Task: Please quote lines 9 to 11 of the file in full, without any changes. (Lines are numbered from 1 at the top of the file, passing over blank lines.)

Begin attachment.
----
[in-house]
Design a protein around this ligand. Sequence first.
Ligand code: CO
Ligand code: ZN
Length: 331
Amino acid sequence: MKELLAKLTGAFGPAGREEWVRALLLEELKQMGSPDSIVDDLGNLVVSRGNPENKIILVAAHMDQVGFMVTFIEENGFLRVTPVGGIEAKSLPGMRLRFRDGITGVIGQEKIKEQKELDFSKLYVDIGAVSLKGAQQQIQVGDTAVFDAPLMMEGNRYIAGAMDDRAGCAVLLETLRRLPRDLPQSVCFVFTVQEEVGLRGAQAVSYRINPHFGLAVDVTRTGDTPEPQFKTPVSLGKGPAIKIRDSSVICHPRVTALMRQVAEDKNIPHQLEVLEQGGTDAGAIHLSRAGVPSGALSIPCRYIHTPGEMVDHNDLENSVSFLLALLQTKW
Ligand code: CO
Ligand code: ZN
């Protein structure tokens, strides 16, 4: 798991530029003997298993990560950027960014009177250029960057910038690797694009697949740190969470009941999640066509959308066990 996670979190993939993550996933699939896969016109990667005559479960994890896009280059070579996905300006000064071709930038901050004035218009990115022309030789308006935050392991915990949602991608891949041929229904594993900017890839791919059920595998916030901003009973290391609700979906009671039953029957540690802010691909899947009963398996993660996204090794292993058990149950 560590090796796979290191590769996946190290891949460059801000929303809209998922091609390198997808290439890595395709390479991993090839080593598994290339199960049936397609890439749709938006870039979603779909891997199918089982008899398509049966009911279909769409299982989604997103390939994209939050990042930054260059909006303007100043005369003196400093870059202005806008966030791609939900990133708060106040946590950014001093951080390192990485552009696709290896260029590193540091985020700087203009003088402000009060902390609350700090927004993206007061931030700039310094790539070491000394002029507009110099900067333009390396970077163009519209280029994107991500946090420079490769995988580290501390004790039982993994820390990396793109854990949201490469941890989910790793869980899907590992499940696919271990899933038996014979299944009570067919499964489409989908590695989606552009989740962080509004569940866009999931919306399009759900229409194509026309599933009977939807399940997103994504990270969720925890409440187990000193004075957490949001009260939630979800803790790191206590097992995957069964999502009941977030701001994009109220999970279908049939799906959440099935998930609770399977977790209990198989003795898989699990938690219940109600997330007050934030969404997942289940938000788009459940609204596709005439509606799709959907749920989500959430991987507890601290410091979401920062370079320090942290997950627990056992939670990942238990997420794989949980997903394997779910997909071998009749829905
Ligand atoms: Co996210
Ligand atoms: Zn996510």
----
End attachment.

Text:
């Protein structure tokens, strides 16, 4: 798991530029003997298993990560950027960014009177250029960057910038690797694009697949740190969470009941999640066509959308066990 996670979190993939993550996933699939896969016109990667005559479960994890896009280059070579996905300006000064071709930038901050004035218009990115022309030789308006935050392991915990949602991608891949041929229904594993900017890839791919059920595998916030901003009973290391609700979906009671039953029957540690802010691909899947009963398996993660996204090794292993058990149950 560590090796796979290191590769996946190290891949460059801000929303809209998922091609390198997808290439890595395709390479991993090839080593598994290339199960049936397609890439749709938006870039979603779909891997199918089982008899398509049966009911279909769409299982989604997103390939994209939050990042930054260059909006303007100043005369003196400093870059202005806008966030791609939900990133708060106040946590950014001093951080390192990485552009696709290896260029590193540091985020700087203009003088402000009060902390609350700090927004993206007061931030700039310094790539070491000394002029507009110099900067333009390396970077163009519209280029994107991500946090420079490769995988580290501390004790039982993994820390990396793109854990949201490469941890989910790793869980899907590992499940696919271990899933038996014979299944009570067919499964489409989908590695989606552009989740962080509004569940866009999931919306399009759900229409194509026309599933009977939807399940997103994504990270969720925890409440187990000193004075957490949001009260939630979800803790790191206590097992995957069964999502009941977030701001994009109220999970279908049939799906959440099935998930609770399977977790209990198989003795898989699990938690219940109600997330007050934030969404997942289940938000788009459940609204596709005439509606799709959907749920989500959430991987507890601290410091979401920062370079320090942290997950627990056992939670990942238990997420794989949980997903394997779910997909071998009749829905
Ligand atoms: Co996210
Ligand atoms: Zn996510």